The rapid spread of the severe acute respiratory syndrome coronavirus 2 (SARS-CoV-2) in the United States has stretched health care informatics beyond its limits. This is largely due to the increased demand for real-time in-depth information on viral load and antibody responses across the country.
This challenge was further complicated by the lack of accurate and timely testing that was available in the United States at the start of the pandemic. In fact, testing for SARS-CoV-2 was largely performed in response to suspected infections, rather than in a proactive manner. Antibody tests were also rarely performed.
In a recent study published on the preprint server medRxiv,* researchers aimed to monitor the levels of the anti-SARS-CoV-2 spike immunoglobulin G (IgG) levels in populations that were subjected to routine tests. Further, the authors correlated these serum levels with available infection, vaccination, and demographic data.
Study: Comparison of Antibody Levels in Response to SARS-CoV-2 Infection and Vaccination Type in a Midwestern Cohort. Image Credit: vitstudio / Shutterstock.com
About the study
The current study involved 245 individuals, out of which 135 were female and 110 were male. A total of 19 participants had received the Johnson & Johnson (J&J) single-dose coronavirus disease 2019 (COVID-19) vaccine, whereas 141 and 72 had received the two-dose messenger ribonucleic acid (mRNA) Pfizer and Moderna vaccines, respectively.
Notably, 12 participants had not received any vaccine. A total of 43 participants had a prior infection with COVID-19, with 3 individuals being asymptomatic.
Blood samples were collected from all participants. Titration based on the enzyme-linked immunosorbent assay (ELISA) was performed on the blood samples once a month for a total of eleven months to determine anti-SARS-CoV-2 antibody levels in the blood.
The study involved certain biases such as economic, cohort educational, and racial bias.
The results of the current indicate that antibody levels in unvaccinated individuals after infection extended to ten months after infection. Additionally, patient responses to the Pfizer, Moderna, and J&J vaccines were clearly observed ten days post-vaccination. However, more consistent antibody levels were observed twenty days post-vaccination.
Individuals who had received the J&J vaccine exhibited lower antibody levels as compared to the other two vaccines, both in naïve and recovered individuals. Thus, it can be concluded that the efficacy of the J&J vaccine was lower than Pfizer and Moderna vaccines.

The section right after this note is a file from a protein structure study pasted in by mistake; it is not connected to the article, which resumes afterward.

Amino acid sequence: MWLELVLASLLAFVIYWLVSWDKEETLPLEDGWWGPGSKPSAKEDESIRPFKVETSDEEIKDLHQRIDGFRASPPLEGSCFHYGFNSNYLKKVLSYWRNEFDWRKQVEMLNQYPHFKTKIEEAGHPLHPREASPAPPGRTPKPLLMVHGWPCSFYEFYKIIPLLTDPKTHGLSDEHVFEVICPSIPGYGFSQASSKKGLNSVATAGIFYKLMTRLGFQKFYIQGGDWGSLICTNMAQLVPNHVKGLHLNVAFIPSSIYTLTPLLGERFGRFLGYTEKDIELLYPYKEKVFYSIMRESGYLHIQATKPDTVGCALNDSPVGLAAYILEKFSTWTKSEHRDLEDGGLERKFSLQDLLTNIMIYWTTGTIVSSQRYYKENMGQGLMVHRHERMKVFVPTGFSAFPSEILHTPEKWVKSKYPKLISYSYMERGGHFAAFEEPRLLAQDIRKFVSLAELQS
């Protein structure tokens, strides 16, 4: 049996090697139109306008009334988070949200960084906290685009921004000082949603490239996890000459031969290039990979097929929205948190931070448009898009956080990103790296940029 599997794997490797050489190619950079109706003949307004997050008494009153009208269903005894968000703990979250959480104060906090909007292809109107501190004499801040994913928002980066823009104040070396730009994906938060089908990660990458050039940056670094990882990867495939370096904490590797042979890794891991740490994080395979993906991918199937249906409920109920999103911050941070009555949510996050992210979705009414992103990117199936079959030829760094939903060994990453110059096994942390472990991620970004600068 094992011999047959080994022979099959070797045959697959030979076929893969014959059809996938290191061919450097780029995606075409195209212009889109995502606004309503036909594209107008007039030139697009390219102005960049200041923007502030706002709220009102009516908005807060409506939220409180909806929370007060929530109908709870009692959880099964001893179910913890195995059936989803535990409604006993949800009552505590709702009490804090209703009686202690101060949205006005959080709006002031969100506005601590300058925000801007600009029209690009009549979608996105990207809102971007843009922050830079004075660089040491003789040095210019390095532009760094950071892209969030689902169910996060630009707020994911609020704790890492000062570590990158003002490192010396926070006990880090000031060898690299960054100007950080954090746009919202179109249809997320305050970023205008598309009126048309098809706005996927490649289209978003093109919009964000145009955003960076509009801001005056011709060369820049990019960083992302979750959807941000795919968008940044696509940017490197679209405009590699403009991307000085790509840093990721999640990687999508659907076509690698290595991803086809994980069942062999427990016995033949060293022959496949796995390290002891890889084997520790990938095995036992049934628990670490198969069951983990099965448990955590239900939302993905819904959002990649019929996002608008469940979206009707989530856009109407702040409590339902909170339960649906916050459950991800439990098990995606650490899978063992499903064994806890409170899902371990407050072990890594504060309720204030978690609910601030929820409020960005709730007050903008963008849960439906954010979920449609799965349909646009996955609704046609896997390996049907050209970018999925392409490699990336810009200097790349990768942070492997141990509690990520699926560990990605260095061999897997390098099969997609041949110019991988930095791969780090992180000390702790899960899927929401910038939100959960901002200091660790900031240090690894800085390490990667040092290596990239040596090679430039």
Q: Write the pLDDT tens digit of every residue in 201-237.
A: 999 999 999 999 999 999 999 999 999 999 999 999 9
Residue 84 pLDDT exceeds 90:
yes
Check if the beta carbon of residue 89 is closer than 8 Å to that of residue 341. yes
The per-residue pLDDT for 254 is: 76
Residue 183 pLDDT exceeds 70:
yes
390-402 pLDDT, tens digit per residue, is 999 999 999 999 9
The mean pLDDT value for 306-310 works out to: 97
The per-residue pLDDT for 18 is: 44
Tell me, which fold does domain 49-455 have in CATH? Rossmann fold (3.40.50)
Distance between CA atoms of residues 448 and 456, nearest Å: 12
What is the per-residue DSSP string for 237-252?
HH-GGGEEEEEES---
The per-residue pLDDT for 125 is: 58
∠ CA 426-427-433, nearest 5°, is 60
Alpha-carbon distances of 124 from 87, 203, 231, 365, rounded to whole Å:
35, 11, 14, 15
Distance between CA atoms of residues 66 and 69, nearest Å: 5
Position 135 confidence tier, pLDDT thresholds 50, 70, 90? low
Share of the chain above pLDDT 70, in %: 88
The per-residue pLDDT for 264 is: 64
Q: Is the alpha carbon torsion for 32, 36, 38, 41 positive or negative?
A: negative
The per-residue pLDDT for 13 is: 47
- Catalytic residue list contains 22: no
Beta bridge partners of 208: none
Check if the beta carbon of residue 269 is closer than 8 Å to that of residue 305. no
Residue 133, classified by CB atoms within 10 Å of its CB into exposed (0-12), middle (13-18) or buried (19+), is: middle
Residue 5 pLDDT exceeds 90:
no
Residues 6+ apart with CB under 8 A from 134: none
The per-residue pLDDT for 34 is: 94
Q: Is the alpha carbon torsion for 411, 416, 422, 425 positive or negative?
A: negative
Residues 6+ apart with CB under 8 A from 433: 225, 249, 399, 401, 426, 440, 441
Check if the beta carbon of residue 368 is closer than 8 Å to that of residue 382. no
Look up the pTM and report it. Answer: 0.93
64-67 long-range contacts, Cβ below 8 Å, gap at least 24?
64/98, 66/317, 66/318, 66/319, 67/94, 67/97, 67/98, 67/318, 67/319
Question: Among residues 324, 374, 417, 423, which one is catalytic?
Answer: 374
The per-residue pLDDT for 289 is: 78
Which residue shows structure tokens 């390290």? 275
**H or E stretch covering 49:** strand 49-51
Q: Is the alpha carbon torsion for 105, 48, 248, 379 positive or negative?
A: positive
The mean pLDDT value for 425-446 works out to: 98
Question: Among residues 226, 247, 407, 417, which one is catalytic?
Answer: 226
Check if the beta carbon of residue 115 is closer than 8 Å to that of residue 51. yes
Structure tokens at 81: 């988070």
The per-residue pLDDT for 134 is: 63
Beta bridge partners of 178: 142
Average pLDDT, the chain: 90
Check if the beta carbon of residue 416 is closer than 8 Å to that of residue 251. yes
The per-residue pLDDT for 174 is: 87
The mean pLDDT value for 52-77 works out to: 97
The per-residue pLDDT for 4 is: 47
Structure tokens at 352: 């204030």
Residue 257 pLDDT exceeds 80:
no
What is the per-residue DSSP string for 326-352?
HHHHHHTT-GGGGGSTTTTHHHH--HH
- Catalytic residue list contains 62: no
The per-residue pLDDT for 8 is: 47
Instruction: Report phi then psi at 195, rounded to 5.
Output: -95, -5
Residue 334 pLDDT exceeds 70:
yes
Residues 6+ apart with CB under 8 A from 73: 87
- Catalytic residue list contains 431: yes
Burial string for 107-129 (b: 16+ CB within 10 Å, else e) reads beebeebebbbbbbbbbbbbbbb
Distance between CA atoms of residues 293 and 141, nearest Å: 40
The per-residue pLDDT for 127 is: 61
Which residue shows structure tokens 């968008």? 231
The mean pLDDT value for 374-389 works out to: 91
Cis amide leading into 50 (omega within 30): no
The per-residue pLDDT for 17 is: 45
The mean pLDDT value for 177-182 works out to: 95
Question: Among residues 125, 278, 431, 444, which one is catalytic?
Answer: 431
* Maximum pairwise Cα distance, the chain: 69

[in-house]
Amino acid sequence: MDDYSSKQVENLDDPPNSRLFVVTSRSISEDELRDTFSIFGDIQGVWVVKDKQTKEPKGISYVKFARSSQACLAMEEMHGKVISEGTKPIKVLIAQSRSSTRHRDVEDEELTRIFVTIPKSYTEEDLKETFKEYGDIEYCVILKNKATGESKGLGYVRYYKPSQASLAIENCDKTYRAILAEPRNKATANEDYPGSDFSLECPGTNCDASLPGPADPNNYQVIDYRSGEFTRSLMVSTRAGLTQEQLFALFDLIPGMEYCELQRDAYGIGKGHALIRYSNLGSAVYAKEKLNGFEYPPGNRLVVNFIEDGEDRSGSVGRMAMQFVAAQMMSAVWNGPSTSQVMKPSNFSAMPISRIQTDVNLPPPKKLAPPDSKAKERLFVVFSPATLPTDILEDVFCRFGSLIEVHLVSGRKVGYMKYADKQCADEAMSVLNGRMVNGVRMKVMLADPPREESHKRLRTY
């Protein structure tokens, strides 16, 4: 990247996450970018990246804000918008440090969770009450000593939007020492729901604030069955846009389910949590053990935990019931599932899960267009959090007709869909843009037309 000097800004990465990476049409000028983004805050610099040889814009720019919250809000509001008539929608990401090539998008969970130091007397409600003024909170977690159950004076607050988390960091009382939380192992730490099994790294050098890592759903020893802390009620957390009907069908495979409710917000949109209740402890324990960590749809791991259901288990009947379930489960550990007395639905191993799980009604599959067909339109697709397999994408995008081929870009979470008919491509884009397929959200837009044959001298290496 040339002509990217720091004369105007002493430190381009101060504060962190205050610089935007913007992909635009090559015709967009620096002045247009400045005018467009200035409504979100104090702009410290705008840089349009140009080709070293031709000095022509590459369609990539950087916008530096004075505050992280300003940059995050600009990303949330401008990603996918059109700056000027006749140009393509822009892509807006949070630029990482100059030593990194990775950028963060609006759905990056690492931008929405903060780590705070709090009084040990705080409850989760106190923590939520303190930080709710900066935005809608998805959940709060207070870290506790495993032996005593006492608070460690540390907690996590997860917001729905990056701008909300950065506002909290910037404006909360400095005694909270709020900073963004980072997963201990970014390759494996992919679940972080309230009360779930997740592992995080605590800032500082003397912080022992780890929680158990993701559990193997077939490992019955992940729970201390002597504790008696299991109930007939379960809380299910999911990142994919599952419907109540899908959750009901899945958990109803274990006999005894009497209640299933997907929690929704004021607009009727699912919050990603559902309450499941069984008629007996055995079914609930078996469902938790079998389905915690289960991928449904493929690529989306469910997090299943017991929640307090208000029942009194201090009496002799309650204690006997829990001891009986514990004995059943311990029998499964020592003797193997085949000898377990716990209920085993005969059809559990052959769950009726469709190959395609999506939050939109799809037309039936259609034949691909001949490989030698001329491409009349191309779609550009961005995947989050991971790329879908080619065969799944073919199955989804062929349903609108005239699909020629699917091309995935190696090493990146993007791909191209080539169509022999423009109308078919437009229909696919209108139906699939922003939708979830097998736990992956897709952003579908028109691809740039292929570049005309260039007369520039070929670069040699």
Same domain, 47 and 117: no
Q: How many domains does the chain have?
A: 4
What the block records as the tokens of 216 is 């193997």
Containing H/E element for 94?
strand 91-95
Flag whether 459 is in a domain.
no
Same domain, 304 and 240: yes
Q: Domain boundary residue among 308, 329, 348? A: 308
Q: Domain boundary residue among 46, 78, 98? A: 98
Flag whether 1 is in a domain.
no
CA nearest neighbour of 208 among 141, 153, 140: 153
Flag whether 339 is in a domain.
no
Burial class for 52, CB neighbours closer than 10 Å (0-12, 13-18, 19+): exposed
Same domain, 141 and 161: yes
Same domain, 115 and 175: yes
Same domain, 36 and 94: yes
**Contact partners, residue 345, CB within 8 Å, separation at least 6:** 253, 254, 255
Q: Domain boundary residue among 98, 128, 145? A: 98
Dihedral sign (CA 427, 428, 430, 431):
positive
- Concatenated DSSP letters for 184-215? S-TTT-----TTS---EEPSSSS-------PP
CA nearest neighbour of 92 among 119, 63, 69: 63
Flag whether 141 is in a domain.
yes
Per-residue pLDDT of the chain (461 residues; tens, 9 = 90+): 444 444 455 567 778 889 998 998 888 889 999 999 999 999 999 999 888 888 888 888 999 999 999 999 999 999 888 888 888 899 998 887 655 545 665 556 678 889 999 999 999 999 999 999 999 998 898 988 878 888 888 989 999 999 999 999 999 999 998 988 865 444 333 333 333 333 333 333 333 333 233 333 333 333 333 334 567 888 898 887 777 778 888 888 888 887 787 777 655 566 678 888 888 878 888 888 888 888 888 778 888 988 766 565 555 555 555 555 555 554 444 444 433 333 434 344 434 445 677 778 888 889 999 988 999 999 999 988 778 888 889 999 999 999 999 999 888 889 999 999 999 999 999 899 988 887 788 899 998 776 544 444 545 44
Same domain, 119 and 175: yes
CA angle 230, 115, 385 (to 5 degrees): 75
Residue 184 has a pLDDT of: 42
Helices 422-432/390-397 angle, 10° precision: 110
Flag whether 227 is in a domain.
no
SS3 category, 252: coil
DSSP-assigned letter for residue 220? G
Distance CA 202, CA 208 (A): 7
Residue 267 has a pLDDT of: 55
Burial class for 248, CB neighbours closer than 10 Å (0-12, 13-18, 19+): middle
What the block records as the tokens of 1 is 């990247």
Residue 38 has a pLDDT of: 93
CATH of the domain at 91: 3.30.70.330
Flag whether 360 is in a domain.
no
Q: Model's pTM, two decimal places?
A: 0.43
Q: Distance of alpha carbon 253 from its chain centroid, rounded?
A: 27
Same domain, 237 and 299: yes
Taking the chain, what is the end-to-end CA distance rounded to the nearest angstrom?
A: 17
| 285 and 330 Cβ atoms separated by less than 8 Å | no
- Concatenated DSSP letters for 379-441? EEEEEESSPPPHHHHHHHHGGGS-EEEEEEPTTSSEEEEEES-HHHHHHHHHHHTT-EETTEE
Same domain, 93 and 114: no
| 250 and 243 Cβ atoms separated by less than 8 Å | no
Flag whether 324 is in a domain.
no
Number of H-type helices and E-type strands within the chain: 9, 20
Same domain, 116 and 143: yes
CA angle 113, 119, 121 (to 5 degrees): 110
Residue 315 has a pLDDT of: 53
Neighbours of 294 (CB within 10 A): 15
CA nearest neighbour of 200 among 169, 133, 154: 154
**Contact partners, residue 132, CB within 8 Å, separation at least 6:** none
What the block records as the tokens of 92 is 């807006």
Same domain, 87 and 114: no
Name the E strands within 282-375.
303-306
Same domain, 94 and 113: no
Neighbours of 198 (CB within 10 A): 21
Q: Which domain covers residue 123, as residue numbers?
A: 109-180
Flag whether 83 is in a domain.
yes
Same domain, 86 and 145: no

Following vaccination with the Pfizer or Moderna vaccines, antibody responses peaked at around 40 days post-vaccination, with levels beginning to decline after 120 days. Further tests will need to be conducted to determine whether the antibody response levels continue to decline or remain at a level similar to recovered individuals. The study also showed that the antibody response for all three vaccines was higher in recovered individuals compared to naïve individuals.
Anti-SARS-CoV-2 spike antibody (IgG) signals from samples from naïve and recovered individuals receiving vaccines from different manufacturers as compared to PCR positive unvaccinated individuals (data replicated from Fig 1). The numbers of independently collected replicates are (from right to left) 46, 122, 331, 8, 40, 31, and 133. Samples collected per individual are shown in Fig. S4.
“We observed little in the way of demographic impacts on antibody production, with only gender impacting infection recovery and no impact of gender, age, or race on responses elicited by the Pfizer and Moderna vaccines.”
Comparison of Female and Male anti-SARS-CoV-2 spike antibody (IgG) signals. N refers to the number of independent replicates. Vaccinated group is only Pfizer and Moderna as other manufacturer groups did not achieve the numbers necessary for statistical comparison.
The study had certain limitations, of which included IgG binding to a single spike isoform, uncertainty in sample collection method and timing, as well as participants belonging only to a local community.
medRxiv publishes preliminary scientific reports that are not peer-reviewed and, therefore, should not be regarded as conclusive, guide clinical practice/health-related behavior, or treated as established information.